For all we know
Consumed by the vast unknowableness of both outer space and the oceans on our planet, I think of the connectedness between everything and how we see patterns where we choose to look. When looking at the night sky and trying to recognize constellations, I try to picture the ﬁrst people to draw those imaginary lines between the random pinpricks of light, making sense out of chaos.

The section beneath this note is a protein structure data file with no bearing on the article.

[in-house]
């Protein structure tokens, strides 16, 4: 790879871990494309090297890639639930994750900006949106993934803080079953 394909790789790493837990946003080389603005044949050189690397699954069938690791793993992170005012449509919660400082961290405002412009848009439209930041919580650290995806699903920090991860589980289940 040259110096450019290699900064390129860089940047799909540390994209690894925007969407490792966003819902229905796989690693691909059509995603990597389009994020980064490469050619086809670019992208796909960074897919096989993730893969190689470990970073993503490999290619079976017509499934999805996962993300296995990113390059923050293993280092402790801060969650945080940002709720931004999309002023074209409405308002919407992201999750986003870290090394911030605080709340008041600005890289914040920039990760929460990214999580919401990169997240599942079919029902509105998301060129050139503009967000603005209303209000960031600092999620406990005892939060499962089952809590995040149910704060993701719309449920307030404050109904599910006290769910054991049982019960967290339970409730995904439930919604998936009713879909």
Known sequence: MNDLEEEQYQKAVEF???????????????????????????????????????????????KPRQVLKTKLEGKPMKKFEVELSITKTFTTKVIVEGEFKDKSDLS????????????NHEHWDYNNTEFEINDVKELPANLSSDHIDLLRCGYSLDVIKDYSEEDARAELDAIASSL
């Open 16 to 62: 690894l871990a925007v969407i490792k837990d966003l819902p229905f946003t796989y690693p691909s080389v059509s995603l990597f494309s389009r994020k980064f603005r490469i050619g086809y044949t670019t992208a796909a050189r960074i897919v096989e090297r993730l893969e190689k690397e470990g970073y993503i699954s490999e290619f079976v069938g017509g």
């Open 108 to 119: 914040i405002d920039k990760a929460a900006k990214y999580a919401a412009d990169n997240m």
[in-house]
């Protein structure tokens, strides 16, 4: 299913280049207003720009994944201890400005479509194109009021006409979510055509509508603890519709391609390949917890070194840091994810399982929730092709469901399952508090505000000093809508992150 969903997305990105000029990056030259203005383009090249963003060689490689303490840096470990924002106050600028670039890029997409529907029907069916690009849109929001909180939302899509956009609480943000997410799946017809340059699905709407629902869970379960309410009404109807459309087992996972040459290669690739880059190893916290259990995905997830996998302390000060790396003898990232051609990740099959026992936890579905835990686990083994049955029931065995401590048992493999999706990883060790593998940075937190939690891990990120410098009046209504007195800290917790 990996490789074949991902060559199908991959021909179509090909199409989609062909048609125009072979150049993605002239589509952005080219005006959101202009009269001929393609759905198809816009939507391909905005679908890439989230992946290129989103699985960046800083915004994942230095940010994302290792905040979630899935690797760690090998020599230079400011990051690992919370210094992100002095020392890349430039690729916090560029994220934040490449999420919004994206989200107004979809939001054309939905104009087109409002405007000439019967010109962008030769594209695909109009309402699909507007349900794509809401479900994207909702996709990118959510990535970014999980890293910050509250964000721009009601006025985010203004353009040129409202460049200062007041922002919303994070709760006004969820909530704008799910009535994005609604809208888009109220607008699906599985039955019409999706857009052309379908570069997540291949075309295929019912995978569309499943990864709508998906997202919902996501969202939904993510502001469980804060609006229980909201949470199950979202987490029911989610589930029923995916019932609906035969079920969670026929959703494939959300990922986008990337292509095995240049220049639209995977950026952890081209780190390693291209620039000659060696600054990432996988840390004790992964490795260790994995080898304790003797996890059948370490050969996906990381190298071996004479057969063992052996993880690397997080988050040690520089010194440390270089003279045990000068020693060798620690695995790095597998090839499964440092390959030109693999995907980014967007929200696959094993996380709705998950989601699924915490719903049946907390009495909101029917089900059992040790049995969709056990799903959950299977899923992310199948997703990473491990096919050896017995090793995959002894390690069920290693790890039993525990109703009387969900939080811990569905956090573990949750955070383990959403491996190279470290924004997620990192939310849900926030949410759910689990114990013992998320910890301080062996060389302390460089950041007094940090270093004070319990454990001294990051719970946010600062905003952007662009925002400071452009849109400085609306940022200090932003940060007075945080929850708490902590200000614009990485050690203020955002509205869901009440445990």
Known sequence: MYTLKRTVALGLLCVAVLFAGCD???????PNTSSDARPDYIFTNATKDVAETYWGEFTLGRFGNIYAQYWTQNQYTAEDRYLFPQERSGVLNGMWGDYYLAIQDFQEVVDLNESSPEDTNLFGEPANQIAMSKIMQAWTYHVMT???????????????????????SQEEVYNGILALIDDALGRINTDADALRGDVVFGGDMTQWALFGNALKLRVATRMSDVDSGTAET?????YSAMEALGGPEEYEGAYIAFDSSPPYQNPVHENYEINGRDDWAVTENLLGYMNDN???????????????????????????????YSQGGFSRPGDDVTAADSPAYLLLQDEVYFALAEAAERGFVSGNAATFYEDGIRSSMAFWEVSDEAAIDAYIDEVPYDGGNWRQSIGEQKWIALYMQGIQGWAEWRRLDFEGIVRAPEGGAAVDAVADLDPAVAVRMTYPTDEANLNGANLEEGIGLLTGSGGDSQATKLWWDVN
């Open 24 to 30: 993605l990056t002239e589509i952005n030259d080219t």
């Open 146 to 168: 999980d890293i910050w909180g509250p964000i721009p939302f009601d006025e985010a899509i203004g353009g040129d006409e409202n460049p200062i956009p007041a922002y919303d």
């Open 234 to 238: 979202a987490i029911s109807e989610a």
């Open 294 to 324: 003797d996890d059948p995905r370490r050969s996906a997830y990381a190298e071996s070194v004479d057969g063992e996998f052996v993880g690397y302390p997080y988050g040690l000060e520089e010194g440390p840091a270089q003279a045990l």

Then I wonder, if those lines connecting the dots across the cosmos were real, what they would look like from elsewhere in the universe. There is so much we do not know, and the emptiness of that is as potentially terrifying as the open ocean on a moonless night. But in spite of the futility of it all, we try to enjoy the incredible unlikeliness of our being here at all. We still try to ﬁgure things out. To imagine. To ﬁnd meaning. In his book Sapiens, Noah Yuval Harari writes that "the greatest scientiﬁc discovery was the discovery of ignorance." My dad raised me to believe that the surest sign of intelligence in another human being is curiosity and imagination.